Your thyroid is a small but vital part of your health. The thyroid controls your energy, weight/metabolism, and core temperature. A little known fact is that your thyroid controls your mood. If you’re chronically depressed, anxious or have poor coping skills, have your thyroid examined.

One of the things that hurts your thyroid is fluoride. Fluoride is found in medications and also in water. Fluoride and iodine both need the same receptor, or the same spot on the cell, and they don’t like to share. Without iodine, your body can’t produce the thyroid hormone — thus the problem. No thyroid hormone in the body means the systems controlled by the thyroid no longer get what they need to work.

Some of the medications that cause problems for your thyroid are: Cholesterol meds like Lipitor, fluoroquinolone antibiotics, the antidepressants Prozac, Paxil, Lexapro, antifungal fluconazole (Diflucan), steroids similar to dexamethasone, fluticasone, etc., the medication called Luvox for major depression and OCD, and midazolam, which was implicated in the death of Michael Jackson, and is used for anxiety and to prep for surgery.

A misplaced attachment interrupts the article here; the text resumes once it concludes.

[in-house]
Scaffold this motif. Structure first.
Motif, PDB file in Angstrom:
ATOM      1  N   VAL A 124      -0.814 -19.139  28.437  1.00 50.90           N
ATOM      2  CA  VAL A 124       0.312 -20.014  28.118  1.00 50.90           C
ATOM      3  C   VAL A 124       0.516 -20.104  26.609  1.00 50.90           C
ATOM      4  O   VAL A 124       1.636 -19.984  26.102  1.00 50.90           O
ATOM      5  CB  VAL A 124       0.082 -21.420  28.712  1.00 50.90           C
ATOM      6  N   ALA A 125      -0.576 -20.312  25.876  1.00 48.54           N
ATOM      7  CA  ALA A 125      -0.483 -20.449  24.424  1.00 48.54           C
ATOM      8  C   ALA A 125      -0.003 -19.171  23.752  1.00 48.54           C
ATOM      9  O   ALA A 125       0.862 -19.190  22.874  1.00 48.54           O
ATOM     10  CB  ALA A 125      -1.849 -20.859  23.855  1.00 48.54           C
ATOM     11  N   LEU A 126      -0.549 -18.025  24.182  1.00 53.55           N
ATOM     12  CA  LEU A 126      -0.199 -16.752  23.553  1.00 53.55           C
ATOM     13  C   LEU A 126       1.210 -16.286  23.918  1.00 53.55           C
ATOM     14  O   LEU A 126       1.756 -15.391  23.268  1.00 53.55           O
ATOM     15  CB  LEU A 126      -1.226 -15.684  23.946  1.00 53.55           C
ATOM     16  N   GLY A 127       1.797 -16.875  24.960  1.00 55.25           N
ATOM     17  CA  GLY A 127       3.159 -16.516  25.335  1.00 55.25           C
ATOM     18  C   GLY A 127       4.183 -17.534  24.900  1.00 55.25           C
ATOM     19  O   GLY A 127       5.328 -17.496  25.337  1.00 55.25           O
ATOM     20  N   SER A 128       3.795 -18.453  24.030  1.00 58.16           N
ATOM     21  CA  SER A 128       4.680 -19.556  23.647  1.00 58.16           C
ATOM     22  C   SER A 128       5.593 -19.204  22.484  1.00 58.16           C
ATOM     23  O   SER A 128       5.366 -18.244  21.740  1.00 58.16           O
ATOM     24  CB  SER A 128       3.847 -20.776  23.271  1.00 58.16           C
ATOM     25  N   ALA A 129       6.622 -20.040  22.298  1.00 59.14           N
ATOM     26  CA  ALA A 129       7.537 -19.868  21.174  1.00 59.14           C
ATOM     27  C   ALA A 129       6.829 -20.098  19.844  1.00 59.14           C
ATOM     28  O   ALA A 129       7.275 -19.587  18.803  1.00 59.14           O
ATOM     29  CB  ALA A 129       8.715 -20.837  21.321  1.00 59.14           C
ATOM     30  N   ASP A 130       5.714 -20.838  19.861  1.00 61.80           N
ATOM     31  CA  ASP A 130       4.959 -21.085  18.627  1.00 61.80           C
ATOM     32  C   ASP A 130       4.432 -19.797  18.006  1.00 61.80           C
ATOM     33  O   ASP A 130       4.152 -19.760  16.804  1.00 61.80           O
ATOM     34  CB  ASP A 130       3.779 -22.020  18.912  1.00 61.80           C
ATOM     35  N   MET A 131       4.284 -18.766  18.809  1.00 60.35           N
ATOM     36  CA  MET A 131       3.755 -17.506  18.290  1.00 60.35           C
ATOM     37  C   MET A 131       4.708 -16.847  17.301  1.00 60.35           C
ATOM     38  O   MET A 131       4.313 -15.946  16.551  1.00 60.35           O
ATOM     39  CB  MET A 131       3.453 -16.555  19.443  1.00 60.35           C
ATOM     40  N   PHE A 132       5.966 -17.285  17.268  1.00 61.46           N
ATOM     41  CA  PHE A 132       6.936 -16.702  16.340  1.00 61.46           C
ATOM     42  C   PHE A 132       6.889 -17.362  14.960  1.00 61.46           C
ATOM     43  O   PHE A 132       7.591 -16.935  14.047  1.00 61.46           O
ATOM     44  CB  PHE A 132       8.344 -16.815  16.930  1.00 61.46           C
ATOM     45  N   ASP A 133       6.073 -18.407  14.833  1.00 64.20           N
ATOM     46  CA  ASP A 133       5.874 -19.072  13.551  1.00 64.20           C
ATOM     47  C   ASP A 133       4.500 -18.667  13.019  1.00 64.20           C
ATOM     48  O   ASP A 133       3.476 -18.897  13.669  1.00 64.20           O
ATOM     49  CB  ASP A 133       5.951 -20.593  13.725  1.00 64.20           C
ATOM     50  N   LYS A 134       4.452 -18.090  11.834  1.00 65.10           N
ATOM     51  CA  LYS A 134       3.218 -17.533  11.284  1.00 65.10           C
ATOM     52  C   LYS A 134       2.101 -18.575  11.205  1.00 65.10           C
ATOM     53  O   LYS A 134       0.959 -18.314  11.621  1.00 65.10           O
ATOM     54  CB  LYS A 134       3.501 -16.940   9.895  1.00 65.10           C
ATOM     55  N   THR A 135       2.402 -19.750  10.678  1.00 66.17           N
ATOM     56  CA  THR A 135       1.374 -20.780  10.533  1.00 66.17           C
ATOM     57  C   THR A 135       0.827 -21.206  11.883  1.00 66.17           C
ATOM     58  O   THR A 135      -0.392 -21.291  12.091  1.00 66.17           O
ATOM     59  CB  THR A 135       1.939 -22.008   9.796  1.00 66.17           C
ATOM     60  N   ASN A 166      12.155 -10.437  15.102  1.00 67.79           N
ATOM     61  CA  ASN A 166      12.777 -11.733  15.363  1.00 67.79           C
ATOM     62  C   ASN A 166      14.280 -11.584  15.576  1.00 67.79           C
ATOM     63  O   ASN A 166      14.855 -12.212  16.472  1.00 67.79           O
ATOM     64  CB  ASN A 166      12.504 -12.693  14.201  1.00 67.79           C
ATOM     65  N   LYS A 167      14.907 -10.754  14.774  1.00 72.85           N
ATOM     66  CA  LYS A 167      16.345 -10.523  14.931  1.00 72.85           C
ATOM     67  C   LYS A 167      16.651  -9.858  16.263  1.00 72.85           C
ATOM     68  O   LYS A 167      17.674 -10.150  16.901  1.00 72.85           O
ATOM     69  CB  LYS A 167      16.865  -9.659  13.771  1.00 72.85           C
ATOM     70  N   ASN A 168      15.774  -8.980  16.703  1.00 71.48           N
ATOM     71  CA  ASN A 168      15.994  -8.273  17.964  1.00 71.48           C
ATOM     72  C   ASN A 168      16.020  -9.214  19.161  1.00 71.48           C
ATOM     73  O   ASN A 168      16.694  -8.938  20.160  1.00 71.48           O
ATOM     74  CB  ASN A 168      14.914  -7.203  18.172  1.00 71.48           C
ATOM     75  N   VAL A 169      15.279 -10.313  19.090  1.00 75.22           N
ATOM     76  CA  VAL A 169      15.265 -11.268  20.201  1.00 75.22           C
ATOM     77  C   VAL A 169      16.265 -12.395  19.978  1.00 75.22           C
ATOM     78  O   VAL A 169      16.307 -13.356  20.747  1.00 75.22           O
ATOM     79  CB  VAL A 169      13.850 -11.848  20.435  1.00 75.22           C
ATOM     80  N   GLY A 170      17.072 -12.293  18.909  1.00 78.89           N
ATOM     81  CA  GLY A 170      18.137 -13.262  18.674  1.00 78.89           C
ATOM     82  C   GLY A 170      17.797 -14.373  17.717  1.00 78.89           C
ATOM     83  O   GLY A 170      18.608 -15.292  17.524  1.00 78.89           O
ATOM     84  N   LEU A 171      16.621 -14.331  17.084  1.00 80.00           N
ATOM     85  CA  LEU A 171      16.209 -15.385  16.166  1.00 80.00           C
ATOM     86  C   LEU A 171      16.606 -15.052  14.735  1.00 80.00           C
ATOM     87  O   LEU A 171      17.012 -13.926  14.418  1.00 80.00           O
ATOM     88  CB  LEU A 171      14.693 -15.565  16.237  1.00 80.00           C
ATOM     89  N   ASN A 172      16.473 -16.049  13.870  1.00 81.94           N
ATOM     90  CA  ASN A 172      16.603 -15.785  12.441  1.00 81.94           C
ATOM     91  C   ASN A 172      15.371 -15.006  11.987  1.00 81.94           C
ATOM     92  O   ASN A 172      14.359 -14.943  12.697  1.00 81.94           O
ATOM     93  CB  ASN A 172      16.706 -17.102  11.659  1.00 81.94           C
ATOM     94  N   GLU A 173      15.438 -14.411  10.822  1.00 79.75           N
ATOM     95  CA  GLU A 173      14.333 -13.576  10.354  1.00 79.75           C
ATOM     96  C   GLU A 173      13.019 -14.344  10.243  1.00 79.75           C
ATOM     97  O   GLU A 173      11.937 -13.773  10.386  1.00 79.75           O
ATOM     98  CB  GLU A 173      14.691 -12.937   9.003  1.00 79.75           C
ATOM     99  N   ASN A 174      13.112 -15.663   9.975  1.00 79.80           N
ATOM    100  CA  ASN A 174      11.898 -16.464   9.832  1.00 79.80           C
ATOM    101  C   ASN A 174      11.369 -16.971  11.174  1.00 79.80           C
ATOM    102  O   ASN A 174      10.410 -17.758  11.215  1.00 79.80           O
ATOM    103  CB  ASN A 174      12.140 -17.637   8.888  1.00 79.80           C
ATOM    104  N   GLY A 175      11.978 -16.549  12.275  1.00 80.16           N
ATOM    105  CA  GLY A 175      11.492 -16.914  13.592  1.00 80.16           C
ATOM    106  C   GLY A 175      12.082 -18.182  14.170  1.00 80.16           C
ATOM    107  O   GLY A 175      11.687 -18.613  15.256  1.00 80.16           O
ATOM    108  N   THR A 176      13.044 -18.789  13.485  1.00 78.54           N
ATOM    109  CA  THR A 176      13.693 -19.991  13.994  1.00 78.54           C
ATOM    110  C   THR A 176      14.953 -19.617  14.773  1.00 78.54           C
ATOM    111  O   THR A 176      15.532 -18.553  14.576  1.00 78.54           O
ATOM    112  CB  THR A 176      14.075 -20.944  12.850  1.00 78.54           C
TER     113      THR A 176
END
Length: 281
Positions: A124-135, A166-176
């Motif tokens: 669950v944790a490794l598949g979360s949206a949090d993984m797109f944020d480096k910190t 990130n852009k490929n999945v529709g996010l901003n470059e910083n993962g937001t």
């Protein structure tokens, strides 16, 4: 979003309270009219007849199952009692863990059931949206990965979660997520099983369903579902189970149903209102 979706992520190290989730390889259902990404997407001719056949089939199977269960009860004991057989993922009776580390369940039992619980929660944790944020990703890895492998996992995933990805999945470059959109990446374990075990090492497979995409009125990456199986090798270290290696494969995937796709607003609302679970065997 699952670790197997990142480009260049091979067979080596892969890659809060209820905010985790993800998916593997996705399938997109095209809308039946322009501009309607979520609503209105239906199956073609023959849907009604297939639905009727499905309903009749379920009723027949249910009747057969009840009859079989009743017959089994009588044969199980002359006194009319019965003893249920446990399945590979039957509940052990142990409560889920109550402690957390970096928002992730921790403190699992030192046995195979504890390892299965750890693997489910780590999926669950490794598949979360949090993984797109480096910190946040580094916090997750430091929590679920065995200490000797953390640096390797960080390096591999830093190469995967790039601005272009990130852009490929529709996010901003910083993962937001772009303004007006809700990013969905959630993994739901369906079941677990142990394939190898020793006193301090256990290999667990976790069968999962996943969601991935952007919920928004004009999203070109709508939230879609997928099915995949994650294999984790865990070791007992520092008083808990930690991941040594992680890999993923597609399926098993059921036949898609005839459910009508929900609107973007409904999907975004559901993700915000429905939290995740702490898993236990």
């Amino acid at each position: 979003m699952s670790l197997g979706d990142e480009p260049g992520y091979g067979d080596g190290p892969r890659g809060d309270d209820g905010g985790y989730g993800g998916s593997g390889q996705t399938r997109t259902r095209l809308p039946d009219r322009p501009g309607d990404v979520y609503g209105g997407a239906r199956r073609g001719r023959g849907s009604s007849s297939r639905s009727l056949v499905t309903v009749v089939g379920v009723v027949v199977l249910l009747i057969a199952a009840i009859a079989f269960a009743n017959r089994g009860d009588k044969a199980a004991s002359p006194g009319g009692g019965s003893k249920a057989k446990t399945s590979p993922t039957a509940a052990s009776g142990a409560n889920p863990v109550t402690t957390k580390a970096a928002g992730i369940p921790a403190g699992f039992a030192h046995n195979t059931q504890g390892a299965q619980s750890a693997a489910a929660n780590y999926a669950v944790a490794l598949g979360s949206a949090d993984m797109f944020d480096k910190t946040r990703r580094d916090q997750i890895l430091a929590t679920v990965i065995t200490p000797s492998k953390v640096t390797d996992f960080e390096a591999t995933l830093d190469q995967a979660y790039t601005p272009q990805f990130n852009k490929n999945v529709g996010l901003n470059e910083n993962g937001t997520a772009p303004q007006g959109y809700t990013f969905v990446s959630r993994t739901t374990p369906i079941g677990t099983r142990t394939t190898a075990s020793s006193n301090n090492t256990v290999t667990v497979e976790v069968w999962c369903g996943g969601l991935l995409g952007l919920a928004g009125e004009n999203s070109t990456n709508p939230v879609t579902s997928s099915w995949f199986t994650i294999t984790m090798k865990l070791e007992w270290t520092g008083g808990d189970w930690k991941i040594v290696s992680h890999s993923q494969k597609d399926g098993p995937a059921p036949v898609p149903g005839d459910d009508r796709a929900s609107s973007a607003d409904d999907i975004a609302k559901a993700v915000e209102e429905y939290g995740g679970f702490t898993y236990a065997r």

There are too many symptoms of fluoride overload to cover here, but some of them include problems with the thyroid, heart, hormones, nervous system, sexual organs, and the GI tract.

Another thing to consider is whether or not you’re thyroid sick (thyroid resistance). A major problem with thyroid sickness is that most doctors don’t test for it. The normal test is the TSH, which checks for a hormone released by your pituitary gland, and has little to do with your thyroid hormone. The free T3 and complete T3 will give you a much better picture. Your thyroid hormone levels can be perfectly normal, and you can still be thyroid sick. It’s not so much about the hormone in the blood, as it’s about the receptors getting the hormone into the cell. The difference between hypothyroid, and thyroid sick, is that with hypothyroid your thyroid gland doesn’t work. When you’re thyroid sick, your gland works fine, but your receptors aren’t getting enough of the thyroid hormone.